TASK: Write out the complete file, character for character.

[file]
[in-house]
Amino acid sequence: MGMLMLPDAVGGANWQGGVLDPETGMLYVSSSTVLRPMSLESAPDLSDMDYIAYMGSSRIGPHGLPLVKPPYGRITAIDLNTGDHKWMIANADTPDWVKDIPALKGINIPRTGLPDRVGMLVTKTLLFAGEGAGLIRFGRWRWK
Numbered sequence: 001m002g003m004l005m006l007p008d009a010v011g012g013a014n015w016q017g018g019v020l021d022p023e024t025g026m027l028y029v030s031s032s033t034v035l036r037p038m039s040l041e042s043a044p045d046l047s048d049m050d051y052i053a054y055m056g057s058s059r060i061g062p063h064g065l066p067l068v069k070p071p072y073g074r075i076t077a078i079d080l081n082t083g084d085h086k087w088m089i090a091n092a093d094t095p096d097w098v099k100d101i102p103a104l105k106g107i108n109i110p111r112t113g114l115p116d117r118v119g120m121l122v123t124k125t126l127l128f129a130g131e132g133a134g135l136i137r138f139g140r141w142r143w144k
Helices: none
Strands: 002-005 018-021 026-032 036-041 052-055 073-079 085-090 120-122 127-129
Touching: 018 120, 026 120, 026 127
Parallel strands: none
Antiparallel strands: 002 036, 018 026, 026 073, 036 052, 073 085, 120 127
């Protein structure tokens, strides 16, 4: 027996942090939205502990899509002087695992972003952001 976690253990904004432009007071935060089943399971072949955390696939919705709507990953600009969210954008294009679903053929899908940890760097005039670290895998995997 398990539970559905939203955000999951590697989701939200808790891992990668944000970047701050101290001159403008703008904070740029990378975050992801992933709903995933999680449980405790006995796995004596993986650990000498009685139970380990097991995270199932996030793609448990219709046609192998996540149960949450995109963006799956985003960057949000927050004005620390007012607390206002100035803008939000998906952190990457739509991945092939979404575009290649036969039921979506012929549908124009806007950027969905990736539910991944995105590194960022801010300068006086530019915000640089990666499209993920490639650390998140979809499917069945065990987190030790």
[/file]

[in-house]
Amino acid sequence: MGMLMLPDAVGGANWQGGVLDPETGMLYVSSSTVLRPMSLESAPDLSDMDYIAYMGSSRIGPHGLPLVKPPYGRITAIDLNTGDHKWMIANADTPDWVKDIPALKGINIPRTGLPDRVGMLVTKTLLFAGEGAGLIRFGRWRWK
Numbered sequence: 001m002g003m004l005m006l007p008d009a010v011g012g013a014n015w016q017g018g019v020l021d022p023e024t025g026m027l028y029v030s031s032s033t034v035l036r037p038m039s040l041e042s043a044p045d046l047s048d049m050d051y052i053a054y055m056g057s058s059r060i061g062p063h064g065l066p067l068v069k070p071p072y073g074r075i076t077a078i079d080l081n082t083g084d085h086k087w088m089i090a091n092a093d094t095p096d097w098v099k100d101i102p103a104l105k106g107i108n109i110p111r112t113g114l115p116d117r118v119g120m121l122v123t124k125t126l127l128f129a130g131e132g133a134g135l136i137r138f139g140r141w142r143w144k
Helices: none
Strands: 002-005 018-021 026-032 036-041 052-055 073-079 085-090 120-122 127-129
Touching: 018 120, 026 120, 026 127
Parallel strands: none
Antiparallel strands: 002 036, 018 026, 026 073, 036 052, 073 085, 120 127
């Protein structure tokens, strides 16, 4: 027996942090939205502990899509002087695992972003952001 976690253990904004432009007071935060089943399971072949955390696939919705709507990953600009969210954008294009679903053929899908940890760097005039670290895998995997 398990539970559905939203955000999951590697989701939200808790891992990668944000970047701050101290001159403008703008904070740029990378975050992801992933709903995933999680449980405790006995796995004596993986650990000498009685139970380990097991995270199932996030793609448990219709046609192998996540149960949450995109963006799956985003960057949000927050004005620390007012607390206002100035803008939000998906952190990457739509991945092939979404575009290649036969039921979506012929549908124009806007950027969905990736539910991944995105590194960022801010300068006086530019915000640089990666499209993920490639650390998140979809499917069945065990987190030790």